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|Title:||Antenatal phenobarbital for reducing neonatal jaundice after red cell isoimmunization|
|Citation:||The Cochrane Database of Systematic Reviews, 2007; 2(2):CD005541|
|Publisher:||Update Software Ltd|
|Joseph T Thomas, Peter Muller, Christopher S Wilkinson|
|Abstract:||Background Neonates from isoimmunized pregnancies have increased morbidity from neonatal jaundice. The increased bilirubin from haemolysis often needs phototherapy, exchange transfusion or both after birth. Various trials in pregnant women who were not isoimmunized but had other risk factors for neonatal jaundice have shown a reduction in need for phototherapy and exchange transfusion by the use of antenatal phenobarbital. A recent retrospective case-controlled study showed reduction in the need for exchange transfusion for the neonates from isoimmunized pregnancies. Objectives To assess the effects of antenatal phenobarbital in red cell isoimmunized pregnancies in reducing the incidence of phototherapy and exchange transfusion for the neonate. Search strategy We searched the Cochrane Pregnancy and Childbirth Group's Trials Register (June 2009). Selection criteria Randomised and quasi-randomised controlled trials of pregnant women established to have red cell isoimmunization in the current pregnancy during their antenatal testing and given phenobarbital alone or in combination with other drugs before birth. Data collection and analysis All three review authors independently assessed study eligibility and quality. Main results No trials met the inclusion criteria for this review. Authors' conclusions The use of antenatal phenobarbital to reduce neonatal jaundice in red cell isoimmunized pregnant women has not been evaluated in randomised controlled trials.|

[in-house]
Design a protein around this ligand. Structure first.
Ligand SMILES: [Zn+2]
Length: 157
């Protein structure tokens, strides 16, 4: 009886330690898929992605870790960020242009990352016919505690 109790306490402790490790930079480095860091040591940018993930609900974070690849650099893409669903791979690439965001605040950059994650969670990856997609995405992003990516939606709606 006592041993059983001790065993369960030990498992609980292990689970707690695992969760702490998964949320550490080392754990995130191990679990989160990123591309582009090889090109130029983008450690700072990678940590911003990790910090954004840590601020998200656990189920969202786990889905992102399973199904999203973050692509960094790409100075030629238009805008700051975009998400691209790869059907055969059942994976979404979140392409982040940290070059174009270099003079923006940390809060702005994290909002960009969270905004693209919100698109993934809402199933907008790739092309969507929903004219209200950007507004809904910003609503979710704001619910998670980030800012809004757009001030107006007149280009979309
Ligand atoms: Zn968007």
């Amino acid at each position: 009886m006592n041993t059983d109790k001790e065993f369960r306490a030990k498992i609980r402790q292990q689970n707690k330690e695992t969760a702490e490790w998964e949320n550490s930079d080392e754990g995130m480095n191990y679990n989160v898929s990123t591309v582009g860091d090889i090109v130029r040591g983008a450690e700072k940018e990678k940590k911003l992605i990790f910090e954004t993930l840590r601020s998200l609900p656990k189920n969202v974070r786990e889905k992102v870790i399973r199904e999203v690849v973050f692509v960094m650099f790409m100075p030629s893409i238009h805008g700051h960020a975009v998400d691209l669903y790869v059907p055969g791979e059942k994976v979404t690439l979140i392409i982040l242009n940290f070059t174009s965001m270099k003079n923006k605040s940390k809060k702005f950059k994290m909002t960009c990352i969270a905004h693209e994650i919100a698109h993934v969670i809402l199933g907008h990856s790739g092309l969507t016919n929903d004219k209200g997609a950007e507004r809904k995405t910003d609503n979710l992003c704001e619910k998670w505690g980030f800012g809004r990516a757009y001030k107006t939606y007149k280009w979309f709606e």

|Keywords:||Humans; Rh Isoimmunization; Jaundice, Neonatal; Phenobarbital; Excitatory Amino Acid Antagonists; Prenatal Care; Pregnancy; Infant, Newborn; Female|
|Description:||This version first published online: April 18. 2007 Last assessed as up-to-date: June 24. 2009|
|Rights:||Copyright © 2009 The Cochrane Collaboration. Published by John Wiley and Sons, Ltd..|
|Appears in Collections:||Obstetrics and Gynaecology publications|
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